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Friday, September 30, 2022

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Islamic vantage point of ESG investment: An eternal effort to sustain the fragile future

At the moment in 2022, the world appears to be gradually reaching an end of the COVID-19 saga. The virus may keep on mutating, but humans should collaborate together, be adaptable and be agile to mitigate the transition era within the next two decades. Environmental, social and governance (ESG) investment would play a crucial role in shaping a better world in the future. Adopting Shariah guidance, ESG investment may provide a better impact for the future, especially in the aspects of socioeconomic and bio-environment development at large. DR RIZKY WISNOENTORO delves further.

After two centuries, the current 7.95 billion global population has now seen the enlightening fact that 96 out of 100 newborn babies are able to survive their first five years of age. However, there needs to be more vigorous efforts as human civilization is still entangled by the vortex of environmental hassles and the predicaments of poverty, not to mention that humans are still very much dependent on fossil-based energy resources.

Further, research conducted by OurWorldinData.org showed that coal — which makes up 25% of global energy — results in 24.6 deaths per terawatt-hour of energy production, and 820 metric tons of CO2 emissions per gigawatt-hour of electricity over the lifecycle of a power plant. In second place is oil — which makes up 31% of global energy — which results in 18.4 deaths per terawatt-hour of energy production, and 720 metric tons of CO2 emissions per gigawatt-hour of electricity over the lifecycle of a power plant.

With regards to the socioeconomic poverty problem, the study also showed that prior to the COVID 19 outbreak, only 15% of the world’s population has an income of more than US$30 per day. According to the International Labour Organization and the World Bank, 255 million jobs were lost and 97 million people are in poverty because of the global COVID-19 outbreak in 2020.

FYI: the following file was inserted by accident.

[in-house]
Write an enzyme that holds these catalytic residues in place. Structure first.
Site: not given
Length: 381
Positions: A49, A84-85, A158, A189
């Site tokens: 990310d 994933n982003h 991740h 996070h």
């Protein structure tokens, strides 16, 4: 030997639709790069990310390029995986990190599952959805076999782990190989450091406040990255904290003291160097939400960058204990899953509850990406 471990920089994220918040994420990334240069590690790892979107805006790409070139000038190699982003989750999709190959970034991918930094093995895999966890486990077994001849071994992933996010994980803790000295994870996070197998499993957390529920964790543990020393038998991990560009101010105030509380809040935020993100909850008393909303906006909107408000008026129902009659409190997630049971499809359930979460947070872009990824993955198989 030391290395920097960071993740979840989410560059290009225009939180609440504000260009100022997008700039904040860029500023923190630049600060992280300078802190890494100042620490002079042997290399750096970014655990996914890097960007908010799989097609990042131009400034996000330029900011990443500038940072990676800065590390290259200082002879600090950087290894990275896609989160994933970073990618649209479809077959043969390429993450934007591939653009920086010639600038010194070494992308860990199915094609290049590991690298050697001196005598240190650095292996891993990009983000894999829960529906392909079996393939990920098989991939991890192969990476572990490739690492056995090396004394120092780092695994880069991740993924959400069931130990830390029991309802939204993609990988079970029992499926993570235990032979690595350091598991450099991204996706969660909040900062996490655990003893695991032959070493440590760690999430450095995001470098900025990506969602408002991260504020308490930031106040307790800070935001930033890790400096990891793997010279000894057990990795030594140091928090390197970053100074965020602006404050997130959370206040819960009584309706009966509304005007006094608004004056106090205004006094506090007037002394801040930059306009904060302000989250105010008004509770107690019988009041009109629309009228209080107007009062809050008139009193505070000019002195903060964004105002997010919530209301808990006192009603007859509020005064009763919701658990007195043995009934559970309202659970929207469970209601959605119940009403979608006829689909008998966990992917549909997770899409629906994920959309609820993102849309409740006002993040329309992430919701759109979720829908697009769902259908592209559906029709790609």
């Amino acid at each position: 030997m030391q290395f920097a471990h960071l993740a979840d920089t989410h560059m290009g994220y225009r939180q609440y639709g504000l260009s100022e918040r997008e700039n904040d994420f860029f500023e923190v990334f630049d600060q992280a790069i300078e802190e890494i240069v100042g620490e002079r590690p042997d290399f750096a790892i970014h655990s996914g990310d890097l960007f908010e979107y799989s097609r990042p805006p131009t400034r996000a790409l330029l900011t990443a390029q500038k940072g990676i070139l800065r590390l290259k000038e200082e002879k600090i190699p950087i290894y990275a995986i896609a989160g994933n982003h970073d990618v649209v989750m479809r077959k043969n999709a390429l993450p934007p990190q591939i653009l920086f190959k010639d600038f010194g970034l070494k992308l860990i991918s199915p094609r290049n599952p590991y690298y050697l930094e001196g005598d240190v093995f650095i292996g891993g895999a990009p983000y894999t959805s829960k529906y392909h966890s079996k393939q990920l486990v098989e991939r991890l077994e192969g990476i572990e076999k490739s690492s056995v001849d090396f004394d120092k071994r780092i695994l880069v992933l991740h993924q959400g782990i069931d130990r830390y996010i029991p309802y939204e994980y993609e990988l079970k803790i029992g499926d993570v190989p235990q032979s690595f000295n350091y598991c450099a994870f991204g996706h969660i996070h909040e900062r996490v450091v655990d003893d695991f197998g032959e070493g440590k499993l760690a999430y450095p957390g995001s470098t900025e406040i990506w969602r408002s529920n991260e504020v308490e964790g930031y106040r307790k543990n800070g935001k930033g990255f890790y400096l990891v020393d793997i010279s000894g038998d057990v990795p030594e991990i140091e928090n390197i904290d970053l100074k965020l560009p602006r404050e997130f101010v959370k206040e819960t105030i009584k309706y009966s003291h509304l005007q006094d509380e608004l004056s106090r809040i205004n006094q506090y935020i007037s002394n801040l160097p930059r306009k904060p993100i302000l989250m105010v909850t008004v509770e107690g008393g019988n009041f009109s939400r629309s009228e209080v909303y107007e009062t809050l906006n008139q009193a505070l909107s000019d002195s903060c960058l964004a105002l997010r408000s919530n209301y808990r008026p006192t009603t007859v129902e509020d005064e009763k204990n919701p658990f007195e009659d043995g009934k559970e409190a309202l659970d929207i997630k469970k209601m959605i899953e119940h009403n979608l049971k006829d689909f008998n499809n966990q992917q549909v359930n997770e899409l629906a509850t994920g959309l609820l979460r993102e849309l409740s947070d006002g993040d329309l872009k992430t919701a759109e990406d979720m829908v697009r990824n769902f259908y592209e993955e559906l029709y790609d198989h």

As a scholar in sustainability, and as a Muslim, allow me to specifically honor the Quran Surah Al Hashr (59) Verse 18. This verse brought me to the essence of ESG: forward-looking. More than 14 centuries ago, God Almighty already provided the guidance that we need to find eternal balance between nostalgia (learning from the past) and ‘postalgia’ (projection of the future). Philosophically, in the Islamic way of eschatology, all creatures would face the ‘end’. So, like the creatures, what kind of ‘endgame’ that we humans would observe? Would it be a noble end?

The purpose, in this matter, lies at the core of human lives today to stand up strong in the future. The ‘long-termism’ objective (Niyat) to provide solutions for the entire ecosystem will be critical to sustain the fragile future. Indeed, human civilization is entering a new era of anomie. Some values in the past may not be suitable today, and future values may bring along unknown risks.

In the post-COVID-19 era, ESG investment takes the shape of a critical bridge to the new cycle of humanity. Indeed, it is interesting to delve into the facts embarked on by the media worldwide — especially Reuters — in late 2021 and early 2022. Despite the setbacks, ESG gained prominence in the global market. The US$649 billion poured into ESG-focused funds worldwide makes up 10% of global fund assets.

In the European context, 59% of the US$6.1 trillion in ESG funds is held in Europe, the Middle East and Africa. Moreover, in January–February 2022, while non-ESG stock funds recorded an inflow of US$543.56 million, ESG stock funds secured a net of US$622.28 million.

It is also interesting to observe how regulators have put ESG as one of the emerging priorities. In the US, the Securities and Exchange Commission (SEC) urges corporate disclosures on ESG, especially on carbon emission. Meanwhile, the European Commission has finalized the sustainable finance taxonomy, along with the subsequent fact that nearly 40% of EU-based assets are currently classified as sustainable.

This situation is also appearing in other countries such as Indonesia, where the government has initiated several policies regarding sustainable finance roadmaps, green bonds and green taxonomy, digital financial innovation (especially in fintech advancement), as well as digital payment systems, fiscal policies and other programs to empower SMEs initiated by the Indonesia Financial Services Authority, Bank of Indonesia and other related governmental entities.

What about the Islamic view on ESG investment? In this instance, I am intrigued by the guidance in the Maqasid Shariah to achieve Falah (well-being) embarked on by the noble scholars in Islamic jurisprudence such as Imam Al Juwaini, Imam Ibnu Al Qayyim, Imam Al Izz, Imam Al Qarafi and Imam Al Shatibi, especially the points emanated by Imam Al Ghazali that humans should preserve faith, soul, mind, offspring and wealth.